Thomas Jefferson Papers

From Thomas Jefferson to C. W. F. Dumas, 8 March 1789

To C. W. F. Dumas

Paris Mar. 8. 1789.


Your favors of Dec. 11. Jan. 23. and Mar. 3. have been duly received. Your despatches for Mr. Jay always go by the first safe conveyance after they come. I have been long acknowleging the receipt of your former letters because during the winter a very sick family prevented my attending to any but the most indispensable business, and because I saw by your zealous and judicious publications in the gazette of Leyden that you were perfectly informed of American affairs. There remained therefore only those of this country to communicate to you. They have certainly gone on with fewer difficulties than it was possible to have expected. Some blows indeed have taken place in Bretagne and some altercations in one or two other provinces but not important enough to make even episodes in the grand history. This country is now occupied with it’s elections for the States general. The dangers now impending over our apprehensions are 1. The possibility that the Nobles may insist on voting by Orders. 2. The danger that so numerous a body as 1200 may become an ungovernable mob. We must hope however that the same good sense and patriotism which has surmounted other dangers as they approached, will surmount these also. I shall not be present during this great assembly. I have asked leave of Congress to be absent from hence for 6. months, during which I propose to visit America for domestic purposes. If I receive the permission in time, I hope to sail in the spring and return in the fall. I suppose Mr. Short will be authorized to do the business of the legation here during my absence.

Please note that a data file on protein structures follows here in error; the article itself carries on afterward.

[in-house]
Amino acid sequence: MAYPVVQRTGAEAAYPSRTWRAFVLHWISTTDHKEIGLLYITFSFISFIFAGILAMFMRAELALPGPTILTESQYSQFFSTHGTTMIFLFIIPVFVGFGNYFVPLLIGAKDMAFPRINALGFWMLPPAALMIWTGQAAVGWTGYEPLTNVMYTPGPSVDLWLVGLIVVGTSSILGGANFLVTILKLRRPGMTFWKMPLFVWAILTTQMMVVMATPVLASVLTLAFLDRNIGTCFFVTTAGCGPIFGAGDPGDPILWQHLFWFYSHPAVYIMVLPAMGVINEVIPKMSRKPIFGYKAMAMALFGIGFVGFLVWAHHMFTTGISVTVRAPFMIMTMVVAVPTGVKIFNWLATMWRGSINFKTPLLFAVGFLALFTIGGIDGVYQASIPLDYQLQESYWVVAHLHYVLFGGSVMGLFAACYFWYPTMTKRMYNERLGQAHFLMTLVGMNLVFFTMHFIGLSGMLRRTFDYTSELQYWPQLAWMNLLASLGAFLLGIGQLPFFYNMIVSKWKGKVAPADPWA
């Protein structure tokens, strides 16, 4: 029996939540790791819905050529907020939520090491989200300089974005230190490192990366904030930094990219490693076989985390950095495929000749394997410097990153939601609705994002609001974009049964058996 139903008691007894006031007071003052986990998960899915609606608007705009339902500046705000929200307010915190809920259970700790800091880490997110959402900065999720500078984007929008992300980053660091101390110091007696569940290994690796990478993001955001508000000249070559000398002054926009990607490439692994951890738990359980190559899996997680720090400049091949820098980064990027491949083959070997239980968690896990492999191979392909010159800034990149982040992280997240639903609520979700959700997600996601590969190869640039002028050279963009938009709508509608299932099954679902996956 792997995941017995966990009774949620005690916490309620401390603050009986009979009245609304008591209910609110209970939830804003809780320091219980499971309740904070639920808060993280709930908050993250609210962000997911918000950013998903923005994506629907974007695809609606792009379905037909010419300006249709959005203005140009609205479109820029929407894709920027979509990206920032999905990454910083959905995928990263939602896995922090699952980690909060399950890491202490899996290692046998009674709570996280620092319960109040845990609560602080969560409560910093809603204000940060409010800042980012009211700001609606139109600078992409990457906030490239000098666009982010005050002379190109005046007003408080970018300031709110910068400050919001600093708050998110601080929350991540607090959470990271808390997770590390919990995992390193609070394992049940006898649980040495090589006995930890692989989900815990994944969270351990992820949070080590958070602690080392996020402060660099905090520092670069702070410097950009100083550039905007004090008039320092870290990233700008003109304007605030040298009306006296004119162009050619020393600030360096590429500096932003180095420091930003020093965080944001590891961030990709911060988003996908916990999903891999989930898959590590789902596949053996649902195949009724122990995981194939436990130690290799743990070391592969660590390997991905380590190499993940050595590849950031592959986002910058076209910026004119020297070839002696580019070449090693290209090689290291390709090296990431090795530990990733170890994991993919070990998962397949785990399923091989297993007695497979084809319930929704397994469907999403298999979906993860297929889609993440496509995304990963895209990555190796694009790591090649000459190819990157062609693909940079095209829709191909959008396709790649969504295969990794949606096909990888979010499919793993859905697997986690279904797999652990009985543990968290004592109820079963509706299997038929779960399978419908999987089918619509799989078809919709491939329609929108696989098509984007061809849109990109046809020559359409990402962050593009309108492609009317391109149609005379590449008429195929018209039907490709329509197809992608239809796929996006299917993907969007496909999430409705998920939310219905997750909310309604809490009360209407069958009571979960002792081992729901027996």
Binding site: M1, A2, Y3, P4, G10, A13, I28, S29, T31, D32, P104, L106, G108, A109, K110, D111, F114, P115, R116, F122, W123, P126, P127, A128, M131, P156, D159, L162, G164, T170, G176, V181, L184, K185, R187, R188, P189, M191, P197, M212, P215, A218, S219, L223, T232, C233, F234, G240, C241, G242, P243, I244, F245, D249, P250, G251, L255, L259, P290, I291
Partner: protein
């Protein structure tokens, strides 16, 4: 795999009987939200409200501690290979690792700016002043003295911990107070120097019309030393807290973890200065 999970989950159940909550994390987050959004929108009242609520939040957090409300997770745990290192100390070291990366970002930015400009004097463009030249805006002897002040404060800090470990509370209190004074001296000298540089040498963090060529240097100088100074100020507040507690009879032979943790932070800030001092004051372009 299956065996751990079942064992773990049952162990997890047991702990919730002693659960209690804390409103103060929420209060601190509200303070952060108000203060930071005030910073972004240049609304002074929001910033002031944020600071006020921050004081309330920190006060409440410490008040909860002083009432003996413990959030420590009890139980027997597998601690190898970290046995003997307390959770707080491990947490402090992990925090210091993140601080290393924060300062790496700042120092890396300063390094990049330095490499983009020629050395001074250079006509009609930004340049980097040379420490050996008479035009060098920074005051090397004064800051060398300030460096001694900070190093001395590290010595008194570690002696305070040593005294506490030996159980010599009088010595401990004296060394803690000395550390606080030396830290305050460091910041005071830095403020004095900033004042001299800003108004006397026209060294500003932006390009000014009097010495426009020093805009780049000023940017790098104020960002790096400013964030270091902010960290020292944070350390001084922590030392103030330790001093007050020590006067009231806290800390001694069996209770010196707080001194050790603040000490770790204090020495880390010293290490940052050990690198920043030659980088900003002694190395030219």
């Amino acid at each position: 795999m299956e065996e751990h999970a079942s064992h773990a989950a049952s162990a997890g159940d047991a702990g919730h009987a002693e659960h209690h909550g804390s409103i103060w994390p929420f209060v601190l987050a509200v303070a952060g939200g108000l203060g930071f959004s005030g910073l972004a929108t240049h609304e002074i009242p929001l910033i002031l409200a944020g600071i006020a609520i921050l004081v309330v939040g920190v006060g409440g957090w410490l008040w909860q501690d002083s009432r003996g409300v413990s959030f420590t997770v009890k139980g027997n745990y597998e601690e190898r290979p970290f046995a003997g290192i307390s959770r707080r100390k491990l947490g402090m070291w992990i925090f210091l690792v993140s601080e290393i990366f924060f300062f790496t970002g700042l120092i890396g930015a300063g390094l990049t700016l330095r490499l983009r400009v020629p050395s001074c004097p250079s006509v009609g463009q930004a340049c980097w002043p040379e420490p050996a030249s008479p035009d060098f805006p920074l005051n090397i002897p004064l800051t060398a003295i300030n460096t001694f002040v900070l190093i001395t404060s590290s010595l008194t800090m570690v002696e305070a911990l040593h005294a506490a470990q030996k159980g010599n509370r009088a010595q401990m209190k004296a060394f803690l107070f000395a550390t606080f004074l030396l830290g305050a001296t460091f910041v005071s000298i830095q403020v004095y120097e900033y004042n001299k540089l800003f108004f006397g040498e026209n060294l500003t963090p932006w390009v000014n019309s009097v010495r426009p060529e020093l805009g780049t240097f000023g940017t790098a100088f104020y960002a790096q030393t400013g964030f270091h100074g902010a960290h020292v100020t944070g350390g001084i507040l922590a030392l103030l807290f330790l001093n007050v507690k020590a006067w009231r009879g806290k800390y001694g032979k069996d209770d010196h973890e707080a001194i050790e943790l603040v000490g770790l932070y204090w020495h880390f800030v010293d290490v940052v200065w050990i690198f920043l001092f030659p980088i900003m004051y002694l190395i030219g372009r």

It seems I think as if the war in the North would continue and even spread. The situation however of England and France will prevent it’s reaching them as yet. The lowering between this court and your’s is that of a storm which is to come; but it is distant as yet. That it will come I have no doubt. Turkey, Poland and Holland at one time are more than enough to kindle the flames of war in all the rest of Europe. Thank god, our ocean is wide enough to prevent it’s extending to us.

This being the first time of my writing to you since the marriage of your daughter, give me leave to congratulate yourself and family sincerely on this agreeable event and to repeat to them and you assurances of my esteem & attachment, as also to add those of the great consideration with which I have the honor to be Sir Your most obedt. & most humble servt.,

Th: Jefferson

PrC (DLC).

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